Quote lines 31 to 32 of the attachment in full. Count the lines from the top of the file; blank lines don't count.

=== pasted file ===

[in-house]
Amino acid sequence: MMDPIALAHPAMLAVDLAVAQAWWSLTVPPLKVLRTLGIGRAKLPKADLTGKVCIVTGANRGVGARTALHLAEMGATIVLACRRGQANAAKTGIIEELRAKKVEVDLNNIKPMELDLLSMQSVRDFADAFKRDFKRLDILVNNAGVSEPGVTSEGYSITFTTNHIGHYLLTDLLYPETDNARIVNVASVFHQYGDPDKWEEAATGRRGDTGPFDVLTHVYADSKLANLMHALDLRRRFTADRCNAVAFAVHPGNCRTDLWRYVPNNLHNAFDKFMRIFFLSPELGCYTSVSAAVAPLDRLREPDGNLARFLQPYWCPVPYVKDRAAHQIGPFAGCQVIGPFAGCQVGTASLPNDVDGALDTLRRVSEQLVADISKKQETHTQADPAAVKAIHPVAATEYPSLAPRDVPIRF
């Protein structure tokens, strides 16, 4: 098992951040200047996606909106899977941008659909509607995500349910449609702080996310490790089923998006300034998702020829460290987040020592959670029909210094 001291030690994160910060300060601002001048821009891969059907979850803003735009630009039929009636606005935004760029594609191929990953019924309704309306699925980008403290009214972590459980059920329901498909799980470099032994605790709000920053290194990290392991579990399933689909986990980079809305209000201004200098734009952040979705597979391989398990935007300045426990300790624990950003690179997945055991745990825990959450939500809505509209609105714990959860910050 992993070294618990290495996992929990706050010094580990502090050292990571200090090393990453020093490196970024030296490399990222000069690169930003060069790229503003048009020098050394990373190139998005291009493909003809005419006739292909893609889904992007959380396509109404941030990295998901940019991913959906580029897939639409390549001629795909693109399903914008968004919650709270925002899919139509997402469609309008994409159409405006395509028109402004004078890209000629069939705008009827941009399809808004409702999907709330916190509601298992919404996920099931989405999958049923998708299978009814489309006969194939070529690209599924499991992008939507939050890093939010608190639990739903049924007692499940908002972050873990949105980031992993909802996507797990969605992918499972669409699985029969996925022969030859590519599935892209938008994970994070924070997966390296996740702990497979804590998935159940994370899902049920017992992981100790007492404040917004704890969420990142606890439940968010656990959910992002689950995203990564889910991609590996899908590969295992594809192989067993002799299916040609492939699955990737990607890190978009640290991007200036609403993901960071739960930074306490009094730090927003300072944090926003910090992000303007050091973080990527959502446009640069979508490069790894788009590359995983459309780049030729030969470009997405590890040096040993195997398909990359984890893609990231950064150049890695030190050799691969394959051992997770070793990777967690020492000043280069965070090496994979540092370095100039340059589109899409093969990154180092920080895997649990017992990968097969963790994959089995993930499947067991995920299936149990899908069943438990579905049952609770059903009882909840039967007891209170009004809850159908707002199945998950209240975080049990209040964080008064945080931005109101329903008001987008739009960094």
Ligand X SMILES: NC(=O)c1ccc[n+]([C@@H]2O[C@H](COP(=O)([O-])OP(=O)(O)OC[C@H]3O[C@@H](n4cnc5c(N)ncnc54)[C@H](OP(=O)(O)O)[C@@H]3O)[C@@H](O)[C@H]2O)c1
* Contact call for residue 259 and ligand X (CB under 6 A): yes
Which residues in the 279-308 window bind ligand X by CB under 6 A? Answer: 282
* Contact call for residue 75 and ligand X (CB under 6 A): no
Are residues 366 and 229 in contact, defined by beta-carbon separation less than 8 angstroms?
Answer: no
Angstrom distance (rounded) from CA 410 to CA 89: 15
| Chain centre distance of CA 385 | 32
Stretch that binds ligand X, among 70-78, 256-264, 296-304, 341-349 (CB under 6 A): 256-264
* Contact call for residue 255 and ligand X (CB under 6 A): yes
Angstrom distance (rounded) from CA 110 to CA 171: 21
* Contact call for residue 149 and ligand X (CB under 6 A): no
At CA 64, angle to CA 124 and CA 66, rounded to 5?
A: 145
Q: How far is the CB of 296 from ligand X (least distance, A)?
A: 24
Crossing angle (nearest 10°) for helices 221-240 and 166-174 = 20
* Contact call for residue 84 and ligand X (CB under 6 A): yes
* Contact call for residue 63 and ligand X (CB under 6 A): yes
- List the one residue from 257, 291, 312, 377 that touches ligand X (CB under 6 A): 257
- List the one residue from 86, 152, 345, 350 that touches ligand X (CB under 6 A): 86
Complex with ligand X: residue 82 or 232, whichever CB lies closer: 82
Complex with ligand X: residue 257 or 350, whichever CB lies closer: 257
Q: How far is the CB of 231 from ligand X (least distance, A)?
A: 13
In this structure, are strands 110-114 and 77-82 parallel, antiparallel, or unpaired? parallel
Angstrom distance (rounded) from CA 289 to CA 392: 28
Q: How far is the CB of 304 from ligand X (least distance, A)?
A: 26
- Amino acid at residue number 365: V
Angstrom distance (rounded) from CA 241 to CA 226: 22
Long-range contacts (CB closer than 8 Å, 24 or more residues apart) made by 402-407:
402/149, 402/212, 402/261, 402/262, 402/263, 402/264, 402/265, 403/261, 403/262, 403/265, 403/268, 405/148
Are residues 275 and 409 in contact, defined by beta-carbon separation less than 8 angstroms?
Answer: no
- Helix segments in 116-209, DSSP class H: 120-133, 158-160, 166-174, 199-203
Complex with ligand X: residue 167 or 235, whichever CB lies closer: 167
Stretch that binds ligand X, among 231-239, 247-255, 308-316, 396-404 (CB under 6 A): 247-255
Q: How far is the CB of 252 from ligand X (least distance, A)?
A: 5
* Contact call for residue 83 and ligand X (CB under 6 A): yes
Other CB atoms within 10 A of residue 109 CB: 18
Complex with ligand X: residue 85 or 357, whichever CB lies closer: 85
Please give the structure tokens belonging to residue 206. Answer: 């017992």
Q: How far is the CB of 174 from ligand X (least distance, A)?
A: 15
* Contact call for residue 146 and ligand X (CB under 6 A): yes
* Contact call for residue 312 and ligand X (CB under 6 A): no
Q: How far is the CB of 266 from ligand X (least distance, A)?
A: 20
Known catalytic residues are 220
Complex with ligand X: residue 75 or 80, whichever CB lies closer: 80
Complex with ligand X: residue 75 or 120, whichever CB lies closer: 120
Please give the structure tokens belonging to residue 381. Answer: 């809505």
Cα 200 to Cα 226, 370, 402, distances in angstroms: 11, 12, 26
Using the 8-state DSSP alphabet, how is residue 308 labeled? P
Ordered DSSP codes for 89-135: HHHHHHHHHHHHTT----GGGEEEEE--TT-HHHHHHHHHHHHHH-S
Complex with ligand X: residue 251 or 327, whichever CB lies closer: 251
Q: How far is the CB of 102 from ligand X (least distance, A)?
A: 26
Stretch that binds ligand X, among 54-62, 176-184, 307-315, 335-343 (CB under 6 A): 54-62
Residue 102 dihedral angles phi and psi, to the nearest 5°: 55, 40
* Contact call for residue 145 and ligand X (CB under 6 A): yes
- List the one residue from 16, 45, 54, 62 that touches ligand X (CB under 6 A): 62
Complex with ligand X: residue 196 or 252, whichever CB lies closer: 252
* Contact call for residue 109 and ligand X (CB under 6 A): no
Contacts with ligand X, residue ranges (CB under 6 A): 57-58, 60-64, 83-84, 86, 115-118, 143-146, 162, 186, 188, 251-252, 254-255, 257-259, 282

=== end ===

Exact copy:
Q: How far is the CB of 304 from ligand X (least distance, A)?
A: 26